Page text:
Scottish Greens have called for an end to what they call "the corporate bully culture" being highlighted by the Ineos Grangemouth dispute.
The party says it believes a just transition is needed at the petrochemical complex to provide a long-term future for the workforce as Scotland aims to decarbonise its economy.
Patrick Harvie MSP, Co-convener of the Scottish Greens, commented: "Ineos is a highly profitable multinational based in the tax haven of Switzerland. Its profits are measured in billions of pounds, so its bullying tactic of squeezing the workers is completely out of order.
"Rather than demanding millions from the taxpayer to subsidise unsustainable fossil fuel processing for years to come this company should be focused on a just transition involving genuine consultation with the workforce, training in transferrable skills and investment in low carbon technology and innovation."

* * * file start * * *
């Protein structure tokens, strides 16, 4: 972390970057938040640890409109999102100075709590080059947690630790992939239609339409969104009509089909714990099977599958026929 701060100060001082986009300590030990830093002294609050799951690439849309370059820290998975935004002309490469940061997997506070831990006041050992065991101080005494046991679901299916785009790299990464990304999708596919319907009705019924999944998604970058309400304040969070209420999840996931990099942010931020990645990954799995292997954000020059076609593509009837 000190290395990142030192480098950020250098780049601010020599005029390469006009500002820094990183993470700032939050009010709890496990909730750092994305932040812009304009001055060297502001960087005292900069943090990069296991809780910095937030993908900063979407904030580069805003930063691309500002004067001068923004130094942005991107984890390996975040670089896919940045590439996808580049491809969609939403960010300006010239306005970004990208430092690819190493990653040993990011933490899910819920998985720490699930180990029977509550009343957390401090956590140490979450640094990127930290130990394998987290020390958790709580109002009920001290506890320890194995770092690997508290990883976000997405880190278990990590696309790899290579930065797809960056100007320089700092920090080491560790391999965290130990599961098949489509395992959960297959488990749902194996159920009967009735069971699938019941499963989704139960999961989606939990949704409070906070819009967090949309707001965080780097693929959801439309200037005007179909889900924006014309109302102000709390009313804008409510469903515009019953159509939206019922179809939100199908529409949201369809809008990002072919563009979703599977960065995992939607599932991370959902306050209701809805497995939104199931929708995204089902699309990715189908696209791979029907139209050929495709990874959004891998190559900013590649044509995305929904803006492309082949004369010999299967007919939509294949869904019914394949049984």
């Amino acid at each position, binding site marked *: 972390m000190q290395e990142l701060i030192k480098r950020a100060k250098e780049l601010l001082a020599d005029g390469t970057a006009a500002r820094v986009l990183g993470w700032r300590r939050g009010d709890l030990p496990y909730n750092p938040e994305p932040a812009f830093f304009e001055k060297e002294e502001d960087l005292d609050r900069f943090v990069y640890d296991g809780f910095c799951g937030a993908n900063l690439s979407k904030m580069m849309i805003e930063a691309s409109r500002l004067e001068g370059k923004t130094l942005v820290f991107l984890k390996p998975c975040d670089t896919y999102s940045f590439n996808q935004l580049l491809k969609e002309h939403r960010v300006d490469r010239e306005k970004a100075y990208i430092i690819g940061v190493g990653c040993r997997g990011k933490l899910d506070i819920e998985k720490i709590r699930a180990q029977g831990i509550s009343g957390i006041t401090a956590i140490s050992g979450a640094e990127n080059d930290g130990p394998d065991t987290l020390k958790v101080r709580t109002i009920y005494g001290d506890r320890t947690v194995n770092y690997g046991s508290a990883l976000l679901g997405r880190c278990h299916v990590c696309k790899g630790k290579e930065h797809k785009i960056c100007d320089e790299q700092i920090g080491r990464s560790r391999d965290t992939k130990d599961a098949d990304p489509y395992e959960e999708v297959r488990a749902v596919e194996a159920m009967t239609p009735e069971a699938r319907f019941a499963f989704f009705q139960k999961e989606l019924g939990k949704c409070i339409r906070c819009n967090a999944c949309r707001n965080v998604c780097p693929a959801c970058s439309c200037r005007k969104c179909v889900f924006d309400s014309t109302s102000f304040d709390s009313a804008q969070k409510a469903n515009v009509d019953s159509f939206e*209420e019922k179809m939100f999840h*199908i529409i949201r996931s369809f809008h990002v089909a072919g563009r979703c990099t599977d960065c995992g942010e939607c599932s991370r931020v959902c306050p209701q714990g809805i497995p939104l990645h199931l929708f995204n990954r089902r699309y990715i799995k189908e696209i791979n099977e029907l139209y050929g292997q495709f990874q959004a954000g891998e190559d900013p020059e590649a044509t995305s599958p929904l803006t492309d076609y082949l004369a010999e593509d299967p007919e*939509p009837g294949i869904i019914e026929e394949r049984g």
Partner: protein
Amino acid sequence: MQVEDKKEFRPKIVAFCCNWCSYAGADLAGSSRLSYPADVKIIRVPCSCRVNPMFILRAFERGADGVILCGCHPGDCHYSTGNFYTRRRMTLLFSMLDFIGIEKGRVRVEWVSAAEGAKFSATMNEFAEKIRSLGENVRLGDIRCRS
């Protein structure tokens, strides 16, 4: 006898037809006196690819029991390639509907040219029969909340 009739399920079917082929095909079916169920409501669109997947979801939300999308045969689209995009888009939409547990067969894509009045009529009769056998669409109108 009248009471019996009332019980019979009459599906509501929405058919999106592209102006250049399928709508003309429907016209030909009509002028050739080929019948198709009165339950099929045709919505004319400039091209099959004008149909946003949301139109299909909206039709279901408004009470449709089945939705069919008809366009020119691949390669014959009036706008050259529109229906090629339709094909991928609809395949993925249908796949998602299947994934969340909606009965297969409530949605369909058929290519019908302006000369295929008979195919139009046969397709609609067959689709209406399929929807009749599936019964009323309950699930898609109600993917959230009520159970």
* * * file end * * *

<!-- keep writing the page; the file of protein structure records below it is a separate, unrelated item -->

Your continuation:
Mr Harvie added: "If the Scottish and UK Governments give in and open up the public chequebook, whether for Ineos or for any potential buyer, they will simply be deferring a problem that will be even harder to tackle further down the line. The STUC, who represent over six hundred thousand union members in Scotland, have in the past rightly called for a fair and just transition to a low carbon economy.
"Establishing a new economic model that protects workers and the environment has never been more important. Ineos claim to believe in new ways of doing things and empowering workers, so let's see some pressure from ministers to deliver that change," said the Scottish Green Party co-leader.